The last time I discussed my ongoing project to switch back to using Linux fully in my lab/home office, it was to apologize for not having much interesting to share since my initial travails getting everything installed on my Mac Pro. Rather than being a complete bum today after I decided to skip tonight’s podcast episode, I figured I’d spend at least a little bit working on the next big task on my list–namely getting my mixer working under Linux.
I have an Alesis MultiMix 8 FireWire, a piece of audio gear no longer being produced. Early on I found the ffado project which aims to support firewire devices under Linux. I even found and bookmarked a page there claiming the firewire versions of the MuliMix boards do work with ffado despite Alesis’ lack of explicit support.
I had previously installed the Ubuntu Studio meta package on my stock Kubuntu 10.4 system. It included pretty recent builds of jack, a low level audio driver and utility, and ffado, the two pieces minimally necessary for being able to capture and playback audio in Audacity and presumably other programs with my mixer. At first I followed the recommended compilation instructions linked to from that first page. The ffado build stalled out on a missing dependency which seemed odd to me as I should have had everything necessary with the pre-compiled libffado installed for Ubuntu Studio.
I decided I’d dig around and see if there was a simple permissions or configuration issue needing sorting to get the pre-built versions of ffado and jack working together. I found several recommended fixes, none of which helped on their own but are good to check and fix if you are also trying to get a firewire mixer working.
- Find the Ubuntu Studio Controls in your desktop menuing system. In KDE, you can simply search for it. There is a simple checkbox for enabling raw1394. Reboot after you make and save this change.
- Add yourself to the “audio”, “video”, “disk” and “plugdev” groups. This will make sure you have read and write permissions to the various 1394 based devices under udevfs. Either do this before rebooting for the raw 1394 change or log out and back in for the group change to take effect normally.
- Make sure you have a /dev/raw1394 entry. If not, install libraw1394 with your package manager.
- Grep the files in /lib/udev/rules for the string “raw1394″. If there is no reference to that text in any of those rule files, add a file named 50-raw-firewire.rules with the line
You’ll need to restart udevfs after making this change. A simple reboot will also do the trick.
- Check in /etc/security/limits.conf for a line like
@audio – rtprio 99
This gives members of the audio group sufficient privilege to make use of the real time features of the kernel. It isn’t strictly necessary, I think, to get a mixer working but without it, you may need to disable the real time option in jack. On my system, the audio group already had this privilege.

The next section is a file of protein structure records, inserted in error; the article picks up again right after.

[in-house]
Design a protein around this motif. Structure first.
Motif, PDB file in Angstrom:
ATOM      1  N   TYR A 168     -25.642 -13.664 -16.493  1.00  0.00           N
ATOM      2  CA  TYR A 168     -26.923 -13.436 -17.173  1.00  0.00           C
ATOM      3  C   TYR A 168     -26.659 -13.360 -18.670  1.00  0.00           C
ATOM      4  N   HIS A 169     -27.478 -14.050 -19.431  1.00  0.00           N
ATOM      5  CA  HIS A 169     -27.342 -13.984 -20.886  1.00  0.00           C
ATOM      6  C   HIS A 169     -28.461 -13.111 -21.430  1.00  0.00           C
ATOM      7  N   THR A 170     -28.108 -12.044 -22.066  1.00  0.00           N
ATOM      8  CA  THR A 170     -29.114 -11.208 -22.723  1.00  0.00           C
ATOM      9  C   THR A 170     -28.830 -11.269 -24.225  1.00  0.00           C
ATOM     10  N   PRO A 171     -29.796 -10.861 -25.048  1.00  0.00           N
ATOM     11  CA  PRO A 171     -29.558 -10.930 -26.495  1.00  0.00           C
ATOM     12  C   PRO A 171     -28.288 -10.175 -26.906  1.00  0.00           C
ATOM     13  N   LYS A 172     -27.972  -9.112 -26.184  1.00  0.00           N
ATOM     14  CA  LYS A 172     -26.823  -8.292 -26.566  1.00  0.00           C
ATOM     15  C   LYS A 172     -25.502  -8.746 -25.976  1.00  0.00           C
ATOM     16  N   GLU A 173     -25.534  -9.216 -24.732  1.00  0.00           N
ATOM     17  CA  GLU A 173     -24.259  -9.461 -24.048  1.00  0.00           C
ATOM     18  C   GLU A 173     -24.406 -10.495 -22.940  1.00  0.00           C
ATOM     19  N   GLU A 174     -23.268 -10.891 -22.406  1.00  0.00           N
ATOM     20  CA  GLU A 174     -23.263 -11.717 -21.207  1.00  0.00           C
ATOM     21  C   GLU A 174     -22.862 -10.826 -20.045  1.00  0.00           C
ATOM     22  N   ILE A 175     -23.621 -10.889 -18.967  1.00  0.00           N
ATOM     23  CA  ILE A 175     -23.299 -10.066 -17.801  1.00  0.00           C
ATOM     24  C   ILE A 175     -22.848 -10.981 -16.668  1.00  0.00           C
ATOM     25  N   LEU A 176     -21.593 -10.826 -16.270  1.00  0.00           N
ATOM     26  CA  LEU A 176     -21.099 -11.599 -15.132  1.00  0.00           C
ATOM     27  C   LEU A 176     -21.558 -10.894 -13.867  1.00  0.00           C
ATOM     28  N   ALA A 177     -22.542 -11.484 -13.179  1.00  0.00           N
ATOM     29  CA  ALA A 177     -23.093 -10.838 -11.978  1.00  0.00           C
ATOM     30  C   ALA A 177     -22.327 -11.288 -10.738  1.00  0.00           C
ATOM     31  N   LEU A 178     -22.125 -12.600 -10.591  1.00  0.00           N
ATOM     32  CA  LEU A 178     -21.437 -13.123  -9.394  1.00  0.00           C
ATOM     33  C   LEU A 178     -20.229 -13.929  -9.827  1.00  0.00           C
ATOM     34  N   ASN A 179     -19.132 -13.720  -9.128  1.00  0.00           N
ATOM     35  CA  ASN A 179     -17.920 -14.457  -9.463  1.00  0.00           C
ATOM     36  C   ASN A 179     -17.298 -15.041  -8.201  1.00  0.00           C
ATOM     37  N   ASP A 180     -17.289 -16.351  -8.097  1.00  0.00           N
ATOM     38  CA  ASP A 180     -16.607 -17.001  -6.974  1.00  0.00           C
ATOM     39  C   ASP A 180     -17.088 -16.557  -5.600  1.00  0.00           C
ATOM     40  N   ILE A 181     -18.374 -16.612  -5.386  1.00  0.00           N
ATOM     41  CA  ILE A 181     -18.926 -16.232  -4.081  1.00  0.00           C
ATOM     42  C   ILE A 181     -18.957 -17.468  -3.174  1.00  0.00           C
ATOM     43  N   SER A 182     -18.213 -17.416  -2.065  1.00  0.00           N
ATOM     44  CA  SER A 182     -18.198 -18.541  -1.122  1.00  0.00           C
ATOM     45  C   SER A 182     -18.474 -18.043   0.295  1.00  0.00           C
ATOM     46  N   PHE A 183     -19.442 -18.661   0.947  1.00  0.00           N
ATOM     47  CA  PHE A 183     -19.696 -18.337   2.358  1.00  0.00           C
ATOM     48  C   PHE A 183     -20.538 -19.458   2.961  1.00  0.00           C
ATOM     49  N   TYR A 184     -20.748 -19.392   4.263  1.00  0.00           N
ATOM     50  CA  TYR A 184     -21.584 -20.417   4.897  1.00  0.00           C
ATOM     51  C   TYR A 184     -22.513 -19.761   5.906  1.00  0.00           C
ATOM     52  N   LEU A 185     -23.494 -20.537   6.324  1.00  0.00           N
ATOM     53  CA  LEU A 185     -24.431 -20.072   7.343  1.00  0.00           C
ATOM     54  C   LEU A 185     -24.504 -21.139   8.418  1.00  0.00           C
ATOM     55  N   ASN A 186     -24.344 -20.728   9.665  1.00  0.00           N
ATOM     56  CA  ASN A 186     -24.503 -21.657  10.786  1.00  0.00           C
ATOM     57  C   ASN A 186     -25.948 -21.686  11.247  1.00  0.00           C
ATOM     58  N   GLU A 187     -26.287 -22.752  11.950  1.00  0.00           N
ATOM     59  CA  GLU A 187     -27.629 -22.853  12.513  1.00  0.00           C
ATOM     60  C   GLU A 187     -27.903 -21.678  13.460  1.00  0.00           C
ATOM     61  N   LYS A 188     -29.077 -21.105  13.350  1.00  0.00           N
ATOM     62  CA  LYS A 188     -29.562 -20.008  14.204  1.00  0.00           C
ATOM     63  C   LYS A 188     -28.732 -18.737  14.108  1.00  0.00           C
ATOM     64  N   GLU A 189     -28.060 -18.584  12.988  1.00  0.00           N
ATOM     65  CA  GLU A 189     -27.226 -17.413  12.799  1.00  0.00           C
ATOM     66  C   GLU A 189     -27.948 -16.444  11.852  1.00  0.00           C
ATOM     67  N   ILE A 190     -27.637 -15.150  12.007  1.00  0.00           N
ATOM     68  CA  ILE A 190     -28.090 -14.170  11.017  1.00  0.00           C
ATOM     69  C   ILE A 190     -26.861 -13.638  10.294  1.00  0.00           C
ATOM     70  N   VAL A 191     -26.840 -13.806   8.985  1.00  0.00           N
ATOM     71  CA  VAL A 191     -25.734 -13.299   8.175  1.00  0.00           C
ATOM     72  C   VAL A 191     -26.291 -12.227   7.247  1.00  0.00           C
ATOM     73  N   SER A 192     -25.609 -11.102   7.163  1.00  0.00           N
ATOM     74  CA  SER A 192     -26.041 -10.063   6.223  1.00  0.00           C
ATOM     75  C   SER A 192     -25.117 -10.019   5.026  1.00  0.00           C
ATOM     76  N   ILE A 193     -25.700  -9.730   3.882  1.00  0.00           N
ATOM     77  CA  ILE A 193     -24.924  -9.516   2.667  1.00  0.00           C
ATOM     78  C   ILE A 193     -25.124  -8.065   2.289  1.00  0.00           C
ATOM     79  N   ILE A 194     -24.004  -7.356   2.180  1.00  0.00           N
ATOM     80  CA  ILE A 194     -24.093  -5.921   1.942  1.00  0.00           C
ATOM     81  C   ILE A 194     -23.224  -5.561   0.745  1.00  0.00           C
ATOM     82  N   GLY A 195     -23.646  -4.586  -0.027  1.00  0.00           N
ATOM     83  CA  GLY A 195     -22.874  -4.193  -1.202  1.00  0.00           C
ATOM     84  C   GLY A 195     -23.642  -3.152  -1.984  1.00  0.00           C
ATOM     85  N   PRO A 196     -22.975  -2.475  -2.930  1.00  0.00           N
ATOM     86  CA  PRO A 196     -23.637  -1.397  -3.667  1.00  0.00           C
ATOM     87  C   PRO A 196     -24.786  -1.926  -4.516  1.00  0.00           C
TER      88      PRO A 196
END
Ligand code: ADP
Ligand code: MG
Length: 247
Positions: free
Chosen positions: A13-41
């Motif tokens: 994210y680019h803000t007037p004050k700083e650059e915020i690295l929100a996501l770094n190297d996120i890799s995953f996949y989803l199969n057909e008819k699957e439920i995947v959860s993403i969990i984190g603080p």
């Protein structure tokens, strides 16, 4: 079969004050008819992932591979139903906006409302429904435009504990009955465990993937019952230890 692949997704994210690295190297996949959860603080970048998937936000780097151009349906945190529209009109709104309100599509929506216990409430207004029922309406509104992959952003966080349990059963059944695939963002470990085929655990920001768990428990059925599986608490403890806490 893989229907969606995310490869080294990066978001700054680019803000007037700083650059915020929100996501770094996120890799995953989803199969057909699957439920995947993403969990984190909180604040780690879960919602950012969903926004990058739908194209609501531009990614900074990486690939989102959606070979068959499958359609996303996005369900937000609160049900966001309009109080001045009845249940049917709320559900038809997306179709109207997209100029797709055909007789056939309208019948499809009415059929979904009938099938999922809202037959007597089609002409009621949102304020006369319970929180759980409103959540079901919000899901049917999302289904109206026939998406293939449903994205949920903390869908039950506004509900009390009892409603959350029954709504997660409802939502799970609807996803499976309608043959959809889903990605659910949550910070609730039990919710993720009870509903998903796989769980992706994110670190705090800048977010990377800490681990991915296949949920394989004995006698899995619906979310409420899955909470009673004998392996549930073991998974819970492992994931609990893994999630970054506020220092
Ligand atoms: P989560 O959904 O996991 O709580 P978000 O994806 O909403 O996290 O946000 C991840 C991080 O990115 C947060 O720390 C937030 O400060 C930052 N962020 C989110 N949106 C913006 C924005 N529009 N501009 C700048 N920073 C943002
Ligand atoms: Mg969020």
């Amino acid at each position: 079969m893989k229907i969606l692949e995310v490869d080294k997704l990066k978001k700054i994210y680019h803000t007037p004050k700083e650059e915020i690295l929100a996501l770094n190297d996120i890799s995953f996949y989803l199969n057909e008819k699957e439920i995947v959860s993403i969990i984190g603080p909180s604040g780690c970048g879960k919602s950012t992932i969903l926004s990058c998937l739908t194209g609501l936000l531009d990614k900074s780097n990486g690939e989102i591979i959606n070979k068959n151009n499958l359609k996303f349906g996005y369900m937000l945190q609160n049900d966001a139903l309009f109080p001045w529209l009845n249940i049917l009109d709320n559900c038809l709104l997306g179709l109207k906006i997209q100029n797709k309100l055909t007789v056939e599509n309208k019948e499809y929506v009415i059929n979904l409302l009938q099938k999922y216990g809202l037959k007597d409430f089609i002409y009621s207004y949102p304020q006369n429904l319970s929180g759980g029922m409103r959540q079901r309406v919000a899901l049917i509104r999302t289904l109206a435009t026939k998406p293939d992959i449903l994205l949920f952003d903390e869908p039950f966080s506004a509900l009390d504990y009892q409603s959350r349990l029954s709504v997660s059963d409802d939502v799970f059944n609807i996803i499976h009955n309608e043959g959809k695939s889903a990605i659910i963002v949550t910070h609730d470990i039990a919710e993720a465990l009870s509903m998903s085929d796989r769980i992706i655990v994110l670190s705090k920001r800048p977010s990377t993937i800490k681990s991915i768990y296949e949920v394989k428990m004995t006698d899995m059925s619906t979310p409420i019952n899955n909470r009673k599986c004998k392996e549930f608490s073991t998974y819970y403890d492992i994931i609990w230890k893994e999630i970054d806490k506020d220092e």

There are several useful commands to diagnose your device, ffado, and jack. modprobe -l or lsmod will tell you if the various 1394 modules are loaded. You can grep specifically for “1394″ to filter the output down to these. lspci should have some information about your OHCI host, that is the chip set in your computer to which the firewire devices connect and communicate. Mine is a TI which works but knowing the host’s chipset may help in sieving through the ffado and jack forums. ffado has its own diagnostic tools, including ffado-diag which outputs detailed info about the buses on your system and ffado-test which takes a number of commands. In particular, the ListDevices command will tell you if ffado sees your mixer (make sure it is turned on when running ffado-test).
Ultimately, I could not get the pre-built packages working so went back to trying to compile from source. The missing dependency turned out to be libconfig++, a simple “sudo apt-get libconfig++8-dev” cleared that up. With the next step, compiling jack from source, I noticed the output of the config step said alsa was not enabled. Adding the –enable-alsa flag to the configure script didn’t help. I had to install the libasound development package, then configure reported that alsa support would compile. Finishing out the compile as instructed worked without error.
I didn’t have any luck getting the recommended ffado-dbus-server running but it isn’t necessary for jack. Once I completed my compile and install of jack, I was able to run jackd -dfirewire successfully. As a more convienent way to start and stop jack as needed, I ran the JACK Control application from my application menus. If you open up the preferences, there is an option to run it from the system tray so you can right click and start jack after turning on your mixer and stop it before turning it off when you are done. (My mixer gets rather warm, I don’t like to run it any more than necessary for recording and editing.)
As you can imagine, I am thrilled to have my beloved studio gear working properly. I did some quick test recording in Audacity and everything appears to work a treat. Of course, now I have to learn Audacity and the other audio programs under Linux that can make use of my now working hardware. I won’t say that my next podcast episode will be produced entirely under Linux but now I can tackle that much easier and more enjoyable challenge.